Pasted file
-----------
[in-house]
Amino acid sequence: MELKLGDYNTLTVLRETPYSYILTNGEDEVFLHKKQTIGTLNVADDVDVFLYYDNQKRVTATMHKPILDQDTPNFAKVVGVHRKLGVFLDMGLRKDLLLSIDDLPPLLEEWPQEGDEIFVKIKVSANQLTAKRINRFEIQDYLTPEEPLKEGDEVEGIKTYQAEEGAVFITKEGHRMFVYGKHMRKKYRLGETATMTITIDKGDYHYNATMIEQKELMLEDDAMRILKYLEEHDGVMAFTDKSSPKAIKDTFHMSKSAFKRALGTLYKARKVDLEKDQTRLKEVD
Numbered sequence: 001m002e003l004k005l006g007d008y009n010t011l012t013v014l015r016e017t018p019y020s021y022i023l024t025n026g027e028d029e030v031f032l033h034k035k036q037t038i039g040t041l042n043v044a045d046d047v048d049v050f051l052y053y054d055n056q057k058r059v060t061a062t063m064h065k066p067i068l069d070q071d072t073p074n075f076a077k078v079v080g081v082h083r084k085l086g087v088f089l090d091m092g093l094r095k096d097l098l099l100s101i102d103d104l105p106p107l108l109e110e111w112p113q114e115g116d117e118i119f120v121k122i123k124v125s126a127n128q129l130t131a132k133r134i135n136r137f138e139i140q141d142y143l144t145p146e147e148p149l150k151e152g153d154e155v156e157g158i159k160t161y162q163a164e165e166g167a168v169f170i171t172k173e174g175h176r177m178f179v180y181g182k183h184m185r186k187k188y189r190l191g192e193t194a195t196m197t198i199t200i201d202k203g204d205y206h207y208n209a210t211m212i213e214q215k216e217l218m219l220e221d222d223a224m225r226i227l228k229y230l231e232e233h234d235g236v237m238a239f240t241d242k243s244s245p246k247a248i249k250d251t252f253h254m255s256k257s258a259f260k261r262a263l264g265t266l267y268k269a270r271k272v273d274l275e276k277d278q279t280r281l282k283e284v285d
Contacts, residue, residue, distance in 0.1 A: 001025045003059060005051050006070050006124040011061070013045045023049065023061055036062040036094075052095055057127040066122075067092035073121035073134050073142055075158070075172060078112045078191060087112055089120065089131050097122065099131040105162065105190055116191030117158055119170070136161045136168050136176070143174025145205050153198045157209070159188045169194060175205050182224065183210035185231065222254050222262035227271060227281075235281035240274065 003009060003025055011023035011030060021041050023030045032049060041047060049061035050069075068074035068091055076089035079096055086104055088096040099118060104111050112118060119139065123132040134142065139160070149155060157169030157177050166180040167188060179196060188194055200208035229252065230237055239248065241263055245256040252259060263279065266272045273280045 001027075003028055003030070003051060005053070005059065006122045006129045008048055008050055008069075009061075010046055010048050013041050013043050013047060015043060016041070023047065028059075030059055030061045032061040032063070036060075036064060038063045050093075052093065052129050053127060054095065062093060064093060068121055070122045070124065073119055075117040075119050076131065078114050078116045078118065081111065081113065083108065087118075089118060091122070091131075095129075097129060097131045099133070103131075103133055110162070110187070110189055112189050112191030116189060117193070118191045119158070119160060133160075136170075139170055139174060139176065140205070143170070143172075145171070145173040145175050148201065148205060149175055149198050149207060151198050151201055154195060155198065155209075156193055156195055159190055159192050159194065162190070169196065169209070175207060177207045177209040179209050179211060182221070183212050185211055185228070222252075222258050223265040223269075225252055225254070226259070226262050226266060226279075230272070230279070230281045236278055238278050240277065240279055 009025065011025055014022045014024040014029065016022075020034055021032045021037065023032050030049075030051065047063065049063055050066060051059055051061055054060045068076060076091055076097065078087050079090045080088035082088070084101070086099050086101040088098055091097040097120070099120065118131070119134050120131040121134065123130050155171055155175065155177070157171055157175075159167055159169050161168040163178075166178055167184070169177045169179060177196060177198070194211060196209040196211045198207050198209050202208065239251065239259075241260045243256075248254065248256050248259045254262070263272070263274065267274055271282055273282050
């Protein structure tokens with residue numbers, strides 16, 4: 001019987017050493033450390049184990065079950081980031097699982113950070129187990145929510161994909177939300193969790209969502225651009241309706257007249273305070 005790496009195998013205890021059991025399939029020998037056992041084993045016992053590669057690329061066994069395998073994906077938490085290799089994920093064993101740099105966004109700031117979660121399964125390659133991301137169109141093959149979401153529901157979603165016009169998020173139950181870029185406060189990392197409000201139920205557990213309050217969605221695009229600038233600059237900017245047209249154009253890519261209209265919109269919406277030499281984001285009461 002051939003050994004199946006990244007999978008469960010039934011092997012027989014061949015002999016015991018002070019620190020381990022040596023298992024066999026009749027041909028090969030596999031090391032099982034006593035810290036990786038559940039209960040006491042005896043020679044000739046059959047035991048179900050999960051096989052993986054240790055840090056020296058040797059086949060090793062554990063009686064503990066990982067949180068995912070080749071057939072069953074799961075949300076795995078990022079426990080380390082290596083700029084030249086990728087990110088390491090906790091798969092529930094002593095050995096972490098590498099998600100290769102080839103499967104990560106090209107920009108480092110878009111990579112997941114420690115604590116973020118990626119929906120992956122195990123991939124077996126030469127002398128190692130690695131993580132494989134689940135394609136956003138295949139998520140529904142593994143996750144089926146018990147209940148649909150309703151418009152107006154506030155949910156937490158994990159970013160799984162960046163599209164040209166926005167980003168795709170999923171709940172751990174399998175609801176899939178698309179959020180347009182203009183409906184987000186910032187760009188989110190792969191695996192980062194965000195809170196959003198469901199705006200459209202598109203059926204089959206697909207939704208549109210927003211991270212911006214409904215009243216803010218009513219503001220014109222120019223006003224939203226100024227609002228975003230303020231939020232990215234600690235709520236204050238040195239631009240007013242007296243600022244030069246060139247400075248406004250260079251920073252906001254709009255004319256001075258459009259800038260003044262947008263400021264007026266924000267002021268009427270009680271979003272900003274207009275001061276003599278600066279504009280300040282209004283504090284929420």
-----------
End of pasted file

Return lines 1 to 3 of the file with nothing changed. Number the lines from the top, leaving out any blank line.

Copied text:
[in-house]
Amino acid sequence: MELKLGDYNTLTVLRETPYSYILTNGEDEVFLHKKQTIGTLNVADDVDVFLYYDNQKRVTATMHKPILDQDTPNFAKVVGVHRKLGVFLDMGLRKDLLLSIDDLPPLLEEWPQEGDEIFVKIKVSANQLTAKRINRFEIQDYLTPEEPLKEGDEVEGIKTYQAEEGAVFITKEGHRMFVYGKHMRKKYRLGETATMTITIDKGDYHYNATMIEQKELMLEDDAMRILKYLEEHDGVMAFTDKSSPKAIKDTFHMSKSAFKRALGTLYKARKVDLEKDQTRLKEVD
Numbered sequence: 001m002e003l004k005l006g007d008y009n010t011l012t013v014l015r016e017t018p019y020s021y022i023l024t025n026g027e028d029e030v031f032l033h034k035k036q037t038i039g040t041l042n043v044a045d046d047v048d049v050f051l052y053y054d055n056q057k058r059v060t061a062t063m064h065k066p067i068l069d070q071d072t073p074n075f076a077k078v079v080g081v082h083r084k085l086g087v088f089l090d091m092g093l094r095k096d097l098l099l100s101i102d103d104l105p106p107l108l109e110e111w112p113q114e115g116d117e118i119f120v121k122i123k124v125s126a127n128q129l130t131a132k133r134i135n136r137f138e139i140q141d142y143l144t145p146e147e148p149l150k151e152g153d154e155v156e157g158i159k160t161y162q163a164e165e166g167a168v169f170i171t172k173e174g175h176r177m178f179v180y181g182k183h184m185r186k187k188y189r190l191g192e193t194a195t196m197t198i199t200i201d202k203g204d205y206h207y208n209a210t211m212i213e214q215k216e217l218m219l220e221d222d223a224m225r226i227l228k229y230l231e232e233h234d235g236v237m238a239f240t241d242k243s244s245p246k247a248i249k250d251t252f253h254m255s256k257s258a259f260k261r262a263l264g265t266l267y268k269a270r271k272v273d274l275e276k277d278q279t280r281l282k283e284v285d